# Distribution of signed random variables

Define a sequence of random variables $$\{Y_i\}$$ where $$P(Y_i =1)=\frac{1}{2}=P(Y_i = -1)$$. Let $$X_1 = Y_1$$ and $$X_{2^k +j}= X_j Y_{k+2}$$ where $$j=1,2,...,2^k$$ and $$k \in \mathbb{N}\cup\{0\}$$. I am struggling to find the distribution of $$X_i$$.

I can see that they are pairwise independent, but I am not sure how to get the distribution of $$X_i$$.

I tried for $$n=2^m$$, it becomes:

$$X_{n} = Y_1 Y_2 Y_3 ^2 Y_4...Y_{m+1}$$.

So, $$X_n$$ can take values $$+1$$ or $$-1$$ depending on the parity of $$+1$$'s or $$-1$$'s in the product.

• Do you suppose that $Y_i$ are independent? Commented Nov 2, 2021 at 21:22
• Yes we assume that $Y_i$'s are independent. Commented Nov 3, 2021 at 1:52

Notice a pattern? $${X_1=Y_1\\X_2=X_{2^0+1 }= X_1Y_{0+2}=Y_1Y_2\\X_3=X_{2^1+1}=X_1Y_{1+2}=Y_1~~~~Y_3\\X_4=X_{2^1+2}=X_2Y_{1+2} = Y_1Y_2Y_3\\X_5=X_{2^2+1}=X_1Y_{2+2}=Y_1\qquad Y_4\\X_6=X_{2^2+2}=X_2Y_{2+2}=Y_1Y_2\quad Y_4\\X_7=X_{2^2+3}=X_3Y_{2+2}=Y_1\quad Y_3Y_4\\X_8=X_{2^2+4}=X_4Y_{2+2}=Y_1Y_2Y_3Y_4\\X_9=X_{2^3+1}=X_1Y_{3+2}=Y_1 \qquad\quad Y_5\\\!\!X_{10}=X_{2^3+2}=X_2Y_{3+2}=Y_1Y_2\qquad Y_5\\\!\!X_{11}=X_{2^3+3}=X_3Y_{3+2}=Y_1\quad Y_3\quad Y_5\\~\vdots\\\!\!X_{16}=\hspace{18ex}=Y_1Y_2Y_3Y_4Y_5}$$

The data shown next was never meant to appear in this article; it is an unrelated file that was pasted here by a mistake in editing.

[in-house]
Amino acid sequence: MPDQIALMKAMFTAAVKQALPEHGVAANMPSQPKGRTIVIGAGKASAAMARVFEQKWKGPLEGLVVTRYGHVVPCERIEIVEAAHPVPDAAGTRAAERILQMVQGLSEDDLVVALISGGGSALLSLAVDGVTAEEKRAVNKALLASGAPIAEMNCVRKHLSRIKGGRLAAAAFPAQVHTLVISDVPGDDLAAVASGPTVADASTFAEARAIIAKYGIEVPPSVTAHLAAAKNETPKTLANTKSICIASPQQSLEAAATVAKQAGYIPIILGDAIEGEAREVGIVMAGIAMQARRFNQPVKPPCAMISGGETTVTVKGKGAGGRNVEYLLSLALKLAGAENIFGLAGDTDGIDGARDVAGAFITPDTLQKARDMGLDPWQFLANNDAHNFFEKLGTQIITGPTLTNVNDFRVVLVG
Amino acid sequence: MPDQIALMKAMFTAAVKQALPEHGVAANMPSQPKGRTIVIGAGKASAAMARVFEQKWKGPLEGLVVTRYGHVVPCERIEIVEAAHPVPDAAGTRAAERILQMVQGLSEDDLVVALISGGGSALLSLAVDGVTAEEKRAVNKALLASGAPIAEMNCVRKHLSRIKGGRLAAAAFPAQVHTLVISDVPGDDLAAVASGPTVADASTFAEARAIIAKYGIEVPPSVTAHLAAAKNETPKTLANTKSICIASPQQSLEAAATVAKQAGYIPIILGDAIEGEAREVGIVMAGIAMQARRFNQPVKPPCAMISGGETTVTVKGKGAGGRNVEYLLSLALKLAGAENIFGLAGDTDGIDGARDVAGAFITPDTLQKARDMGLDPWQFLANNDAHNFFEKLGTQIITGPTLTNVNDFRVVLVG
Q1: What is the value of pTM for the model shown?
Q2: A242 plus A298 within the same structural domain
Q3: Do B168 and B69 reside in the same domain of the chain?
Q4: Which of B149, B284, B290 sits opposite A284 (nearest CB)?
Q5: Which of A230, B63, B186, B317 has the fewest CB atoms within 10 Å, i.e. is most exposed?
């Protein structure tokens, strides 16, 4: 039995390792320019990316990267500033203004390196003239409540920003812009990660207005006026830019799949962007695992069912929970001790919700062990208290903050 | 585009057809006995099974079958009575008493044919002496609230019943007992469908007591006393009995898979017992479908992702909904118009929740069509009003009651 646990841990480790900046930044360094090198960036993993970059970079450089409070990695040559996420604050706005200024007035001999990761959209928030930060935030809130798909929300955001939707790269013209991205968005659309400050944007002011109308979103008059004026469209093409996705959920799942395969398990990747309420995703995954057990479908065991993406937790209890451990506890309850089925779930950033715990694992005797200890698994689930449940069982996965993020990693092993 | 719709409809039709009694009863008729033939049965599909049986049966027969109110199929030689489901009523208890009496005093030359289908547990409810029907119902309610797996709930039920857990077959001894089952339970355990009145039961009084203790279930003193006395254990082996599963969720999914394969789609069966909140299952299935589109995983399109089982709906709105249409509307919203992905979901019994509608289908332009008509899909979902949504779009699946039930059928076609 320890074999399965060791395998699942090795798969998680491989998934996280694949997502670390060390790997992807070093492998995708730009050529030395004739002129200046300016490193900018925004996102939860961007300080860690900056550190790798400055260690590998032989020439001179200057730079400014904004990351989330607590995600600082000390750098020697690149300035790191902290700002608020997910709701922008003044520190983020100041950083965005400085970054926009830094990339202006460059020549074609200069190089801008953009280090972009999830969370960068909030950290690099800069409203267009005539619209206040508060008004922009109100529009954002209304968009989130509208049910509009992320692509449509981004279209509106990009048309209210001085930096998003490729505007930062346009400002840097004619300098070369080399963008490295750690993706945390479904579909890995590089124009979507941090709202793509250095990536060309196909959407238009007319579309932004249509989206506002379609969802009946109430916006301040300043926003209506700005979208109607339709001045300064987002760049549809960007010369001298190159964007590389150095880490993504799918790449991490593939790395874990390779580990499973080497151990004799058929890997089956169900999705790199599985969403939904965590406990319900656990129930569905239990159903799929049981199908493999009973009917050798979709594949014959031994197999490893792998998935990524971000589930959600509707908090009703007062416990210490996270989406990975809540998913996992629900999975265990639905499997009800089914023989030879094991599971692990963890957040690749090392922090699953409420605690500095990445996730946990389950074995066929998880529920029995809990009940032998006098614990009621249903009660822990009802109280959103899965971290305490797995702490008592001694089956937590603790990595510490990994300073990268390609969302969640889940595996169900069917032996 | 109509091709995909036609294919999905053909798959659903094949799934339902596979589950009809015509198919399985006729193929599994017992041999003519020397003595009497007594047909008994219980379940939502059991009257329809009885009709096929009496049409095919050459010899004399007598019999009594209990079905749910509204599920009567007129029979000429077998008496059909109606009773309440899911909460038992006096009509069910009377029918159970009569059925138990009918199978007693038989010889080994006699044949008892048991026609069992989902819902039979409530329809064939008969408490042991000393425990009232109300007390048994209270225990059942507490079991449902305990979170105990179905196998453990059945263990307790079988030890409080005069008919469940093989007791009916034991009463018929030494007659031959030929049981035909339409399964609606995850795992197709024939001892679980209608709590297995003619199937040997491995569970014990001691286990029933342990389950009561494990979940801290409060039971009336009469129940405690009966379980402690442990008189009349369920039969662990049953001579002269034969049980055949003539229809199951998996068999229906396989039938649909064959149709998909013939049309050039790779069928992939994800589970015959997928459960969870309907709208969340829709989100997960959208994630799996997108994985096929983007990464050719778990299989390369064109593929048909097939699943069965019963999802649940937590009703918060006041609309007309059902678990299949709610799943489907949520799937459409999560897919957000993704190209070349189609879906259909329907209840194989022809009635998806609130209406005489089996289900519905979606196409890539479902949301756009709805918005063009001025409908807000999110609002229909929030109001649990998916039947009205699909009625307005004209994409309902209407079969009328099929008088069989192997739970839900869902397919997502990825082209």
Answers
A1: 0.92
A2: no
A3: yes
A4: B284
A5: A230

So, Xn can take values +1 or −1 depending on the parity of +1's or −1's in the product.

Yes, not quite.   $$X_n=1$$ when there are an even number of $$^-1$$ in the product (of $$Y_m$$ that comprise it).

\small\begin{align}&\mathsf P(X_4{=}1)\\=~&\mathsf P(Y_1Y_2Y_3{=}1) \\ =~&\mathsf P(Y_1{=}1,Y_2{=}1,Y_3{=}1)+\mathsf P(Y_1{=}1,Y_2{=}{^-}1,Y_3{=}{^-}1)+\mathsf P(Y_1{=}{^-}1,Y_2{=}1,Y_3{=}{^-}1)+\mathsf P(Y_1{=}{^-}1,Y_2{=}{^-}1,Y_3{=}1)\\=~&\tfrac 4{2^3}\end{align}

If we don't know the joint distribution of $$Y_i$$ then it doesn't have sense.

Suppose that $$Y_i$$ are i.i.d.

Hence $$X_{2k+j} = Z \cdot Y_{k+2}$$, where $$Z$$ is a function of $$Y_1, \ldots, Y_{k+1}$$ (a product of some of them) and takes only two values: value $$1$$ with some probability $$p$$ and takes value $$-1$$ with probability $$1-p$$. Hence $$X_{2k+j} = Z \cdot Y_{k+2}$$ where $$Z$$ and $$Y_{k+2}$$ are independent. We have $$P(X_{2k+j} = 1) = P(Z = Y_{k+2} = 1) + P(Z=Y_{k+2 }= -1) = p \cdot \frac12 + (1-p) \cdot \frac12 = \frac12,$$ $$P(X_{2k+j} = 1) = 1 - P(X_{2k+j} = 0) = 1 - \frac12 = \frac12.$$ Hence $$X_i$$ are $$Bern(\frac12)$$.